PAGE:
Very heartwarming tale. Also frightening when you think of all the endless battles around and about this one little country that the Jews want to make their own. Reply

Alexander Nathan Reading, UK via August 11, 2006

Prayer and Support for IDF I am moved by the stories of these brave soldier's of ours and their determination. My heart and prayer goes out to the soldiers who are defending the Holy Lland against the enemies of Israel and the neighbours who are constantly attacking us. God's mercy and protection be with the soldiers (IDF) and us. We will continue to pray in the synagogue this shabbat and following days as always until peace comes and our enemies are defeated, made powerless and stopped from their deadly hatred and onslaught against us. May G-d's rachamim remember the IDF, the guardians of the Holy Land, protect them from all distress and anguish and send blessing and prosperity upon on all the work of their hands. May this be G-d's will and let us say, Amen. Reply

Mish Sutter Sarasota, USA via August 8, 2006

What a heartfelt story - I cried for the young soldier going to protect his country - so young & brave. I pray that G-d will protect him & others like him & keep him from harm's way.
I pray that one day there will be peace. Reply

Eliezer Punta del Este, Uruguay August 8, 2006

To Dovid Shlomo The source for a Mezuzah protecting a person who carries it is in Mishnayos Keilim 17:16 and Tosfos Yom Tov and Tosfos Anshei Shem there.
Also see Yerushalmi Peah 1:1 (quoted in Breishis Rabah end of chap. 35)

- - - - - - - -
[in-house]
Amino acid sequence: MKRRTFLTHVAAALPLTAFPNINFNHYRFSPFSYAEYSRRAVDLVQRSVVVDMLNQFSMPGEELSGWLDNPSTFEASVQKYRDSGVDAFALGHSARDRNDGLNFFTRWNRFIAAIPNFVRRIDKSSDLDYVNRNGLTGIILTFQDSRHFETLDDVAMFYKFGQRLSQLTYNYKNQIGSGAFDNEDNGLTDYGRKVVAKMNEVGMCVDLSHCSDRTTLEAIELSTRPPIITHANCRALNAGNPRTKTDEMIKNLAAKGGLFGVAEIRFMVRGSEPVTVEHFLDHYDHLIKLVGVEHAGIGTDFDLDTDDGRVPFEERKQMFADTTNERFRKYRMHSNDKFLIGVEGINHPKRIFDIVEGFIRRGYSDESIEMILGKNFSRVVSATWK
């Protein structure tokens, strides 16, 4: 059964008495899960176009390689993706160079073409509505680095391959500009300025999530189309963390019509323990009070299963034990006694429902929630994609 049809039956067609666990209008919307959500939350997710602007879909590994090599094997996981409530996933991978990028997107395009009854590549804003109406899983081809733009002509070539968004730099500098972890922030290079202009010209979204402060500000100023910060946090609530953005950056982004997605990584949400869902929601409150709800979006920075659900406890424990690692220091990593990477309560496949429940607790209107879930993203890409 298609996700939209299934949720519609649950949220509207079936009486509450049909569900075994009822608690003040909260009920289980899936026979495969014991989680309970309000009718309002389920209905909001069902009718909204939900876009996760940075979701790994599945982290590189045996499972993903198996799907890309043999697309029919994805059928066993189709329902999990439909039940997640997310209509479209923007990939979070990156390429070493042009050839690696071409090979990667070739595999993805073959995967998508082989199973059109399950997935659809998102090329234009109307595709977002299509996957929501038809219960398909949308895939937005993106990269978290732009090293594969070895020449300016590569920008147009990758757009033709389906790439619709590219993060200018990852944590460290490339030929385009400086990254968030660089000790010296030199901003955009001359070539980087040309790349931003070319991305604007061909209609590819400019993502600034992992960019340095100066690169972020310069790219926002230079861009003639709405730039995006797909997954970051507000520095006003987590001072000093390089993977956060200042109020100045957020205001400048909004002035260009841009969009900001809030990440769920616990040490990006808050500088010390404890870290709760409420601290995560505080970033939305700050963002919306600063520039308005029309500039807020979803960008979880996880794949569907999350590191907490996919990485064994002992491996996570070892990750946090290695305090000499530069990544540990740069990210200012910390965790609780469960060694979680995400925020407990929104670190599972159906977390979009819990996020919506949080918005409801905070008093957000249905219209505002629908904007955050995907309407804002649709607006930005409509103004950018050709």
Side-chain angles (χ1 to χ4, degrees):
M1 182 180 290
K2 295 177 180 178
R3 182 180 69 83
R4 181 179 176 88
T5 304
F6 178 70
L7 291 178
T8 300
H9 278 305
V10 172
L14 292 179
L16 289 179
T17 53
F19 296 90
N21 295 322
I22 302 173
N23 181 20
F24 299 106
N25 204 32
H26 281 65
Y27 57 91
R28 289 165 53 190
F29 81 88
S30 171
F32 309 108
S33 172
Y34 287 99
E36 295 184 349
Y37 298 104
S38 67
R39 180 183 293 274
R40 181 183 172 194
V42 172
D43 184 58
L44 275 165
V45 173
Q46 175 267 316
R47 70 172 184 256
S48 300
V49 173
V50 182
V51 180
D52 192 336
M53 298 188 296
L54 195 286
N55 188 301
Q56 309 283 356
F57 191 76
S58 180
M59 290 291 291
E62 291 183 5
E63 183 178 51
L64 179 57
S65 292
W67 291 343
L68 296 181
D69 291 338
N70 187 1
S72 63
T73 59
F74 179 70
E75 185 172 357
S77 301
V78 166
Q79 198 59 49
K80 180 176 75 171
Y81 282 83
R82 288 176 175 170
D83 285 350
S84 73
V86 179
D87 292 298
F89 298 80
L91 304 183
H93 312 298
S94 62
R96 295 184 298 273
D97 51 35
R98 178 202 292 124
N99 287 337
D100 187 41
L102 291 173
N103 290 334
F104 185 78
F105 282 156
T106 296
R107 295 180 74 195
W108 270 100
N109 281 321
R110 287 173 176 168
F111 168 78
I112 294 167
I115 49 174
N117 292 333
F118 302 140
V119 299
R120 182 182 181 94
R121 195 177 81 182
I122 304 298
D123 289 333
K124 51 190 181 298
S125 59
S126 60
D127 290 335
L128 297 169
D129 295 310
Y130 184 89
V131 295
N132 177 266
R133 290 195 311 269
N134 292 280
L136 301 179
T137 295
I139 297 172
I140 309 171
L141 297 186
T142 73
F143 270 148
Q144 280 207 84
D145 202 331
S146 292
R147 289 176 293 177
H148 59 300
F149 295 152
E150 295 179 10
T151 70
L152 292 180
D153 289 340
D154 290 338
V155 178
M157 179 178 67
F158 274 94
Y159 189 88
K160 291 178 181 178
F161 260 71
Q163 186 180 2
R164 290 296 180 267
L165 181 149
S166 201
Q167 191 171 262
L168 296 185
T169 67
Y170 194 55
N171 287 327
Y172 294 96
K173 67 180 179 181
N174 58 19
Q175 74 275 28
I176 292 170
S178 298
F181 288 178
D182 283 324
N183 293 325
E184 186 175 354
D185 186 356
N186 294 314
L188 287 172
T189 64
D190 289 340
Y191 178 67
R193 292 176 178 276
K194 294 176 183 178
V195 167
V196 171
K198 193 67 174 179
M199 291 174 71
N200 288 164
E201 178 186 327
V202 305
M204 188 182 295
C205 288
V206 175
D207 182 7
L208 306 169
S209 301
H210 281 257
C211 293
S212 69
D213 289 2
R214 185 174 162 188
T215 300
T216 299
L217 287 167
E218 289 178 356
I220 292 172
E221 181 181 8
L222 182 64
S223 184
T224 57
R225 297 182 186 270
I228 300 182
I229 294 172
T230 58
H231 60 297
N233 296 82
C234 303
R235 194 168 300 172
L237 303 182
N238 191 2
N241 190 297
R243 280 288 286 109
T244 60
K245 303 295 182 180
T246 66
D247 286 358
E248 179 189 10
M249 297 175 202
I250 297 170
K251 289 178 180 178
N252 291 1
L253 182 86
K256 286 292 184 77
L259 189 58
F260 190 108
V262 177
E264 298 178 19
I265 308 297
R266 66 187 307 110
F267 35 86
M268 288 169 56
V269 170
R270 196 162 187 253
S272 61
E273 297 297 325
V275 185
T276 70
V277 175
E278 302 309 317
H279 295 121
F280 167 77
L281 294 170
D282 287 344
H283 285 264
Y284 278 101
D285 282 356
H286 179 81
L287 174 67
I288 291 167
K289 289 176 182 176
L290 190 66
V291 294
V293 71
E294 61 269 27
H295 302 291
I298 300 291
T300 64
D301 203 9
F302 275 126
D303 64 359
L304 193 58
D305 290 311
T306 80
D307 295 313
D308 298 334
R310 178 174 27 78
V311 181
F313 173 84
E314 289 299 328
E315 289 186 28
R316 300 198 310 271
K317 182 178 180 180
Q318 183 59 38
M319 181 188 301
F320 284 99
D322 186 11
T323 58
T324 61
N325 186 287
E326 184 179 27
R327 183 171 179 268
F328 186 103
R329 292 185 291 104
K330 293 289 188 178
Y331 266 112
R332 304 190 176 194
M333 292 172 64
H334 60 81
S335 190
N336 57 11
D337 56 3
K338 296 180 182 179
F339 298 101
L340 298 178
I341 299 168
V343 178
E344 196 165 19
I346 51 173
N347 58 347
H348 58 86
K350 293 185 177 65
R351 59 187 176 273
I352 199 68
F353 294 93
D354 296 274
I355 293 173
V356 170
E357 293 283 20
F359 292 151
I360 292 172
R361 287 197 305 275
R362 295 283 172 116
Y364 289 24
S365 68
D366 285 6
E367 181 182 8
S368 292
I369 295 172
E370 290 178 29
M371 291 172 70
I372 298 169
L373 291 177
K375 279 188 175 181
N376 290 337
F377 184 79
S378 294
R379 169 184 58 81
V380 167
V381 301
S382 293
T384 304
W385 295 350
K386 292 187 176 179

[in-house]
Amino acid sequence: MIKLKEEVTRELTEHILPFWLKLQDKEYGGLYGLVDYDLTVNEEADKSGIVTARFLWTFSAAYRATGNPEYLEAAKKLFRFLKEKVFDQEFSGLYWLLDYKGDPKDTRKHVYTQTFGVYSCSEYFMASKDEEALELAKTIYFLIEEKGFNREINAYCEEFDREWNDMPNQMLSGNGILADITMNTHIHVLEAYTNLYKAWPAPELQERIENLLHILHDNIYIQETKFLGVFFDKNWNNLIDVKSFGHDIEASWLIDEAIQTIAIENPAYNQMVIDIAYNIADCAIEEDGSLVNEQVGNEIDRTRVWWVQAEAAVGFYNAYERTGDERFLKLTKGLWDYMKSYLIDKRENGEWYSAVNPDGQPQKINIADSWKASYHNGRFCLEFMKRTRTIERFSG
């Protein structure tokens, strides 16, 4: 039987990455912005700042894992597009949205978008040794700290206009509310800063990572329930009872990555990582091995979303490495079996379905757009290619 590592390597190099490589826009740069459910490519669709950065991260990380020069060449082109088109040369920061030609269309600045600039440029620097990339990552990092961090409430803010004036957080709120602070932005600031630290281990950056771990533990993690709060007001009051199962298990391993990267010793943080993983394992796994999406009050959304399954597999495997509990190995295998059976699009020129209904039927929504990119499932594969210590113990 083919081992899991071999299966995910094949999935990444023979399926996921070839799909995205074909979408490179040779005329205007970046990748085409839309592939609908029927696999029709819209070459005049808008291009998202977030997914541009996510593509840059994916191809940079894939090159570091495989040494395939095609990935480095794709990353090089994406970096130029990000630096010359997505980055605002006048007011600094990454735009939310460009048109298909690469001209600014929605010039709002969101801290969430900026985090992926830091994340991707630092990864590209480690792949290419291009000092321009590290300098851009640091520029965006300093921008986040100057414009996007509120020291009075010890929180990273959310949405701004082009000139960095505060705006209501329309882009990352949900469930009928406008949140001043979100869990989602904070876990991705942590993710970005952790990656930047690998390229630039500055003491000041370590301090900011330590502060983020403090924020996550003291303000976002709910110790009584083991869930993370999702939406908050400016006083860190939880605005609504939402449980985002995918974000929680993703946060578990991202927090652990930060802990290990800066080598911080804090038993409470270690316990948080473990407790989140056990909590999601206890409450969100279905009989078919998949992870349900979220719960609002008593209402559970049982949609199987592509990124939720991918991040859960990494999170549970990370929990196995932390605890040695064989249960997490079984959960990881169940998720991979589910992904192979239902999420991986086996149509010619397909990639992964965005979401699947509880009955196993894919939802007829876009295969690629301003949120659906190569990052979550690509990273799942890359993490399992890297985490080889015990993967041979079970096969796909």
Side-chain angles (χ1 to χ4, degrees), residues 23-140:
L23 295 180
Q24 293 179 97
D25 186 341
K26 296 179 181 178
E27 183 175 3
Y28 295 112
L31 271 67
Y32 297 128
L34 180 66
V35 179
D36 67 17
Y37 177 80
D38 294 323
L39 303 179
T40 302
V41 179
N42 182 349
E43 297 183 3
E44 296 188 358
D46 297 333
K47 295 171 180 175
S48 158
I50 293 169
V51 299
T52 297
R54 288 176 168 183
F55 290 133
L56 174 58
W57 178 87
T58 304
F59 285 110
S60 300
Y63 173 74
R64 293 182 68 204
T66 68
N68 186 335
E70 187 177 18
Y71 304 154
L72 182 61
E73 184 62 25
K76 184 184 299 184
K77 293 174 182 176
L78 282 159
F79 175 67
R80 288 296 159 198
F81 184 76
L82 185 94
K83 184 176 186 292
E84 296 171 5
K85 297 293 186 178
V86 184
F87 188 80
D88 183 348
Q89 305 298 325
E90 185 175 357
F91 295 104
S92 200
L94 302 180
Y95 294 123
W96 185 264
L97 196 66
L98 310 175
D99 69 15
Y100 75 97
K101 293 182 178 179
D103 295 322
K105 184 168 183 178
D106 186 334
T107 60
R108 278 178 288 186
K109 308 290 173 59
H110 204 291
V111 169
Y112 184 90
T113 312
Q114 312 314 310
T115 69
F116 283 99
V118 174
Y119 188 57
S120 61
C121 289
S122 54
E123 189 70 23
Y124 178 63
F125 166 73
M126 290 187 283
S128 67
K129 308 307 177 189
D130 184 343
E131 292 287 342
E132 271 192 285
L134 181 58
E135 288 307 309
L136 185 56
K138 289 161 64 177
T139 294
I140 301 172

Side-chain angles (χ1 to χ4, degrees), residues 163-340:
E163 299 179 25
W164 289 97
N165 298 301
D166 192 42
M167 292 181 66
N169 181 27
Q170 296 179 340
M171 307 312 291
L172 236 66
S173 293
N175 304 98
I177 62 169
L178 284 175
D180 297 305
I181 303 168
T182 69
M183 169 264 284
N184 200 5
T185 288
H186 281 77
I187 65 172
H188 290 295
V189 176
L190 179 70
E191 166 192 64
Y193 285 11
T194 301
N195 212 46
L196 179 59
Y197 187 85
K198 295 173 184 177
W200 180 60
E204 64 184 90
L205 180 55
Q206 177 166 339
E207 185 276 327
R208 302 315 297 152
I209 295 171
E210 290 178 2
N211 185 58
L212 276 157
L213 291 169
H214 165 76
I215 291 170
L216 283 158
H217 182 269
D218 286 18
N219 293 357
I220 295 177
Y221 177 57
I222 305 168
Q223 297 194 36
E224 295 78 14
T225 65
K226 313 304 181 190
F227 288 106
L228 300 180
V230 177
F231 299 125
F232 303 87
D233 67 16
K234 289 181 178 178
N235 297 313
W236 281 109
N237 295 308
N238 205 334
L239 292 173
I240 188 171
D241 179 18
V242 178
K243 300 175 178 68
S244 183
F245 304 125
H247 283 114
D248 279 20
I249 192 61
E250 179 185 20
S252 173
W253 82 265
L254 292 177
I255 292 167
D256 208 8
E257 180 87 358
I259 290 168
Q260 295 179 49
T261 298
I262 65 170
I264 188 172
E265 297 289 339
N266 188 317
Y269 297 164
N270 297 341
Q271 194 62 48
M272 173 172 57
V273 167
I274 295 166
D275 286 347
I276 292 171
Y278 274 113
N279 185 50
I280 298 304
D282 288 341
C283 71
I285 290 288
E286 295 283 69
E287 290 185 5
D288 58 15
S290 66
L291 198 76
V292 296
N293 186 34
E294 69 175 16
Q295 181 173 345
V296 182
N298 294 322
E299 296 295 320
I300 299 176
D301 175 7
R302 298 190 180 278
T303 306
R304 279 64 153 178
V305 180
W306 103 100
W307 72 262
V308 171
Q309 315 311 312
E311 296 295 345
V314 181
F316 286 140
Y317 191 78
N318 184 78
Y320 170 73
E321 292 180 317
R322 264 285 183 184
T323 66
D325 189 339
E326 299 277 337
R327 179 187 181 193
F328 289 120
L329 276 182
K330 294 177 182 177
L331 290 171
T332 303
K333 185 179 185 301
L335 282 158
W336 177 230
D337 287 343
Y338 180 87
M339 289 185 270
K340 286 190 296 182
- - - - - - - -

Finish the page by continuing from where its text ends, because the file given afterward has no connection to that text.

See Likutei Sichos Vol. 19 pages 121-128.
Obviously it is not the same level of protection as when the Mezuzah is properly affixed to the doorpost, but it is a source of protection, nonetheless.
Thanks for asking. Reply

Aileen Friedman Rockville, Maryland August 7, 2006

Soldier in Israel-thank you! I was very moved by your story. I can only hope and pray that my son is included and your good wishes as well as all the soldiers fighting right now.

My son was in golani 51 and he is now fighting with the miluim up north. I am so sad that I wasn't able to give him the send off that other soldiers can get from their families.

My son is a chayal boded and he doesn't have any family in Israel. When he got his call up notice on Friday morning July 21st, he packed
his bags for the last time from his apartment in Tel Aviv.

No one knows when this will be over! I so wish that I was there to be of service to him and the other "boys"!

Thank you for being there and giving the midot and kovod that all of these soldiers deserve. I wish them all a safe journey and hope they
all get to go home soon! Reply

Chanita Mevo Modi''im, The Moshav, Israel via August 6, 2006

beautiful Yes, Avraham's story was unbelievable, but even more so, I find the comments everyone left even more touching.
Everyone touched in a different way, straight to the heart, so many have cried, being moved in their very own heart-purifying way.
Thank you everyone for your support of Israel and may we all bind in togetherness, supporting each-other in every way.
Thank you Hashem for your kindness and Rachamim. Reply

Paul Wickberg August 5, 2006

IDF, Thank You. Reply

Anonymous culver, CA August 4, 2006